By Alexa Peters | Published August 2020
Satellite Quartet, the latest release from Brooklyn’s Eva Novoa, is, first and foremost, aptly named. After all, the project is really out-there, even for someone who already has established herself as one of the more surprising pianist-composers on the scene.
A recording about “seeking new worlds of expression,” Satellite is manically innovative, reaching past the furthest limits of imagination, but sometimes overly so. While some magnificently creative improvisations are offered up, they often ring random and hollow. We’re meandering for meandering’s sake, with very few collective resolutions or points of understanding to provide a tether to tradition. That said, there are some shining moments of connection: “Satellite Earth” is the strongest song here, offering an incisive straight-eighth melody that stair-steps over a jazz-funk groove and angular chord pattern. Novoa and company eventually proceed to deconstruct the familiar patterns and reconstruct something new from the leftover parts. It lands brilliantly, because listeners were privy to the process.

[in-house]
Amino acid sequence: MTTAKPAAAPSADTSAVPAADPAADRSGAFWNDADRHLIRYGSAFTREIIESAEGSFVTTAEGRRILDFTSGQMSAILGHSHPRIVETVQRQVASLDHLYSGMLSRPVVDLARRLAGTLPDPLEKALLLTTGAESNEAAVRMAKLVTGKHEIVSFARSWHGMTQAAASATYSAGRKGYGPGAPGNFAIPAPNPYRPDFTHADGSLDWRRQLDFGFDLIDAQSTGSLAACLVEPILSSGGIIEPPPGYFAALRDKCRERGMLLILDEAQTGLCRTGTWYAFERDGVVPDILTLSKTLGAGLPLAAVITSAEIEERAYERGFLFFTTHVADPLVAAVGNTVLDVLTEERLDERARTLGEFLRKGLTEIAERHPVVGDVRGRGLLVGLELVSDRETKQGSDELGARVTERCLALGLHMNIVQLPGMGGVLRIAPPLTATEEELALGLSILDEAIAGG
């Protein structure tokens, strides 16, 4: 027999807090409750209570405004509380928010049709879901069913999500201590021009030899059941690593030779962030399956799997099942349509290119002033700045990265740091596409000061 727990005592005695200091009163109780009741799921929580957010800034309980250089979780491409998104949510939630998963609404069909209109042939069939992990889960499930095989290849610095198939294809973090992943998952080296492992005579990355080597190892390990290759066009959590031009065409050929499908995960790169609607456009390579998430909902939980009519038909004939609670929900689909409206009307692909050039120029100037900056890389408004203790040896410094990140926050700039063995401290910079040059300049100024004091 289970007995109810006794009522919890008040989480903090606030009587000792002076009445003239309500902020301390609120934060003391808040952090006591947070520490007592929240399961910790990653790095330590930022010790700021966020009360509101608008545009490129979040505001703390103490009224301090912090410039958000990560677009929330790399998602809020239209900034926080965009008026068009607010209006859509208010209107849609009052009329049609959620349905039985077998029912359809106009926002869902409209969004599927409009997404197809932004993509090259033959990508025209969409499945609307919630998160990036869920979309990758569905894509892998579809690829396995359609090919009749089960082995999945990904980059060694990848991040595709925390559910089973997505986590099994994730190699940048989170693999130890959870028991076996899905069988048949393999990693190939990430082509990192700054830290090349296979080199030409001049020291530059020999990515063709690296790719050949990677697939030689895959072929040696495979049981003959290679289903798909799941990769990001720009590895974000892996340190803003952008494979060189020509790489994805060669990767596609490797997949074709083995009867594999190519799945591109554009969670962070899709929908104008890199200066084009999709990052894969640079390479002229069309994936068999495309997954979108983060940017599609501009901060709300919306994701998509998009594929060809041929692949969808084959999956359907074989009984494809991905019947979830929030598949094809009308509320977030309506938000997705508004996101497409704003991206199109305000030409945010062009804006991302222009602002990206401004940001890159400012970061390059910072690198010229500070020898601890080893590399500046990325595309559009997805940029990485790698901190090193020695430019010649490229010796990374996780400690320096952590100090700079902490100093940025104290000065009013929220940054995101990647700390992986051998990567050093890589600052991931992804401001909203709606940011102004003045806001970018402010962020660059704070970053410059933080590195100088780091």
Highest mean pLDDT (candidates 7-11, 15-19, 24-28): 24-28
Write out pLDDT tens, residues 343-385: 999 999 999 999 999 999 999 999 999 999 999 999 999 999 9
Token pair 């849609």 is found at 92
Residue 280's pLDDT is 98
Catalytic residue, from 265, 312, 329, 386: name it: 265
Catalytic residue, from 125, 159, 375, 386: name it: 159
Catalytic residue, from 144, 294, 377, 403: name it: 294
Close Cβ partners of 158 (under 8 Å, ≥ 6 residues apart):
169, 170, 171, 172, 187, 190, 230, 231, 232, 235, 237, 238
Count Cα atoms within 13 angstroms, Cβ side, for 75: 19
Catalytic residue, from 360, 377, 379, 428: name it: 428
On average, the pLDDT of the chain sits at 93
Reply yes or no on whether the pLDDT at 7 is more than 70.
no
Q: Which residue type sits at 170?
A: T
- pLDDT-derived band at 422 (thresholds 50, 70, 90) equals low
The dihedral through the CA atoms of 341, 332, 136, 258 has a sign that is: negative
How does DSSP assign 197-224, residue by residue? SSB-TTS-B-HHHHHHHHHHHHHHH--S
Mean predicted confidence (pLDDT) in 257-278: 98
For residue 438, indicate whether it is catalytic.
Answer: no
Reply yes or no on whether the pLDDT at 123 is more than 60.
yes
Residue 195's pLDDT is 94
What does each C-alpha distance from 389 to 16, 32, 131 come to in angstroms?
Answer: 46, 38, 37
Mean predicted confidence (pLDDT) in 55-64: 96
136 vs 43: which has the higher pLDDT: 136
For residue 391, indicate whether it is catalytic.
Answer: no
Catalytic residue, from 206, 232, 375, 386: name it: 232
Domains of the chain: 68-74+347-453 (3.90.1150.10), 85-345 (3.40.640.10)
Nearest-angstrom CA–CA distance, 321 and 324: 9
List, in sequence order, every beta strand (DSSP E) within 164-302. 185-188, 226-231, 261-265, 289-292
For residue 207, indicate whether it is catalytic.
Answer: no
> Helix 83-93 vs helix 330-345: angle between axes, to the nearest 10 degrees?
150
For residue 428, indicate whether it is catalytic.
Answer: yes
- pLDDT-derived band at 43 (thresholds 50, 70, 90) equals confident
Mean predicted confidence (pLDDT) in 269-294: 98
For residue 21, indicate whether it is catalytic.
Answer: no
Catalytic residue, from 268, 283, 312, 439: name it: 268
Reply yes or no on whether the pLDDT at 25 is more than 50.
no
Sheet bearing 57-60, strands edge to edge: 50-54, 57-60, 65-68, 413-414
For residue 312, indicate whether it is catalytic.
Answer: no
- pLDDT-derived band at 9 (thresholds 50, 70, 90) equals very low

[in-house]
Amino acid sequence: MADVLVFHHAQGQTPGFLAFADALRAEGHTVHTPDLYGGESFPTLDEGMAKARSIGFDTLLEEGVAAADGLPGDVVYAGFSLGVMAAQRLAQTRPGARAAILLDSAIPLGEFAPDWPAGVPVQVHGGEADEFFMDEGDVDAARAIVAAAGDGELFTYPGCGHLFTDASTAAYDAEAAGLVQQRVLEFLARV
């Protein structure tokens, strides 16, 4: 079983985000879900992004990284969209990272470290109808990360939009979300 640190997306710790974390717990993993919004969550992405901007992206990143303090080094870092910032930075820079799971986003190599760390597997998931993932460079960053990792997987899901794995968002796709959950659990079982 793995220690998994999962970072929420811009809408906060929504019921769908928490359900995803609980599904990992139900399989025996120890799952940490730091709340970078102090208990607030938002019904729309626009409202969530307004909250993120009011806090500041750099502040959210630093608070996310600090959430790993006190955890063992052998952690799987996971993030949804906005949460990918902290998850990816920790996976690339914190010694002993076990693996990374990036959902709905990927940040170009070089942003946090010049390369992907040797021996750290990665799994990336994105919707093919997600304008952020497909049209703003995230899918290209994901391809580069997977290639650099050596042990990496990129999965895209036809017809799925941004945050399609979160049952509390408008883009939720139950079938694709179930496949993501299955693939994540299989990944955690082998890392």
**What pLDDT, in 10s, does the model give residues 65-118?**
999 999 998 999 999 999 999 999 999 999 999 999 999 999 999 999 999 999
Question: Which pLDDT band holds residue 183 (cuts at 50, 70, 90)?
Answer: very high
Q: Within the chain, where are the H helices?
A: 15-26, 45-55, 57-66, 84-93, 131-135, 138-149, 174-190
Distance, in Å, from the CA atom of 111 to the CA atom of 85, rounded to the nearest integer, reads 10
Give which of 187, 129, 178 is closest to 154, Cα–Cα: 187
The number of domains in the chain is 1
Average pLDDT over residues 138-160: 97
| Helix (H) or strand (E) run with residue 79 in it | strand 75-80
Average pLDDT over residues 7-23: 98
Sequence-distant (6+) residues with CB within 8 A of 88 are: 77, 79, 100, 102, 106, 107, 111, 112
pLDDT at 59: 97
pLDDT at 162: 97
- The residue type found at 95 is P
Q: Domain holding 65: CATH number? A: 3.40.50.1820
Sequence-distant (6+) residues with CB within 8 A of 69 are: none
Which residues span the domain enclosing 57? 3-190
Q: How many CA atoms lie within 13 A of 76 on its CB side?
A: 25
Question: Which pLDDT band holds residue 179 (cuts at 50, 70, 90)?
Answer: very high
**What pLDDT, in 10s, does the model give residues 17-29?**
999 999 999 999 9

Still, Satellite as a whole is stubbornly open-ended. Fans of deeply “out” music likely will enjoy “Inefficient 39T” and its intoxicating on-edge quality. But for listeners who appreciate a nod to the familiar, Satellite could present as a shock of directionless electricity.
Satellite Quartet: Three Nine Turner; Interim Song; Inefficient 39T; Satellite Earth; Big Moose Road; 203. (51:04)
Personnel: Eva Novoa, piano; Rainer Davies, guitar; Kenneth Jimenez, bass; Arturo Garcia, drums.